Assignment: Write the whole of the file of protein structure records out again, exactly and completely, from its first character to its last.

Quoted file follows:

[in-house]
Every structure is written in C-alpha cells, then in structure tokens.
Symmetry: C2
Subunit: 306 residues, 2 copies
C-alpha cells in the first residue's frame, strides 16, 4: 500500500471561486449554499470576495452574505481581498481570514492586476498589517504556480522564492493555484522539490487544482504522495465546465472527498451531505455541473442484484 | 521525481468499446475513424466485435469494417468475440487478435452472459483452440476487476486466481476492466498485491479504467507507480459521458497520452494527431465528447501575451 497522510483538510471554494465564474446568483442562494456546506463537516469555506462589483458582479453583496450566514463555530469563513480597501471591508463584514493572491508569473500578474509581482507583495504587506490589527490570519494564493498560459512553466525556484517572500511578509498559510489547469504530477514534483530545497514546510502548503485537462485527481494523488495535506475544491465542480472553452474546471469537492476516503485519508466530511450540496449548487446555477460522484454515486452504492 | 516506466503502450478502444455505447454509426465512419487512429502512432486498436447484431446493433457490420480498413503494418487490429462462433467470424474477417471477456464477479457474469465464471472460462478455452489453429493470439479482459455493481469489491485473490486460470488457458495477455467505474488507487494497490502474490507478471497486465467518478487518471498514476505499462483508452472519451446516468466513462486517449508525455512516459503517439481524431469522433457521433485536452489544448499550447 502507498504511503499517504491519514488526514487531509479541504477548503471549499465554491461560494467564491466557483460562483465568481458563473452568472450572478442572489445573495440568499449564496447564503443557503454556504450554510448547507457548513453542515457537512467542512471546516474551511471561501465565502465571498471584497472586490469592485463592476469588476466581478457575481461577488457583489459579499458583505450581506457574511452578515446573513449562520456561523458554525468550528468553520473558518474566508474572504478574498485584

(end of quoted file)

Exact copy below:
[in-house]
Every structure is written in C-alpha cells, then in structure tokens.
Symmetry: C2
Subunit: 306 residues, 2 copies
C-alpha cells in the first residue's frame, strides 16, 4: 500500500471561486449554499470576495452574505481581498481570514492586476498589517504556480522564492493555484522539490487544482504522495465546465472527498451531505455541473442484484 | 521525481468499446475513424466485435469494417468475440487478435452472459483452440476487476486466481476492466498485491479504467507507480459521458497520452494527431465528447501575451 497522510483538510471554494465564474446568483442562494456546506463537516469555506462589483458582479453583496450566514463555530469563513480597501471591508463584514493572491508569473500578474509581482507583495504587506490589527490570519494564493498560459512553466525556484517572500511578509498559510489547469504530477514534483530545497514546510502548503485537462485527481494523488495535506475544491465542480472553452474546471469537492476516503485519508466530511450540496449548487446555477460522484454515486452504492 | 516506466503502450478502444455505447454509426465512419487512429502512432486498436447484431446493433457490420480498413503494418487490429462462433467470424474477417471477456464477479457474469465464471472460462478455452489453429493470439479482459455493481469489491485473490486460470488457458495477455467505474488507487494497490502474490507478471497486465467518478487518471498514476505499462483508452472519451446516468466513462486517449508525455512516459503517439481524431469522433457521433485536452489544448499550447 502507498504511503499517504491519514488526514487531509479541504477548503471549499465554491461560494467564491466557483460562483465568481458563473452568472450572478442572489445573495440568499449564496447564503443557503454556504450554510448547507457548513453542515457537512467542512471546516474551511471561501465565502465571498471584497472586490469592485463592476469588476466581478457575481461577488457583489459579499458583505450581506457574511452578515446573513449562520456561523458554525468550528468553520473558518474566508474572504478574498485584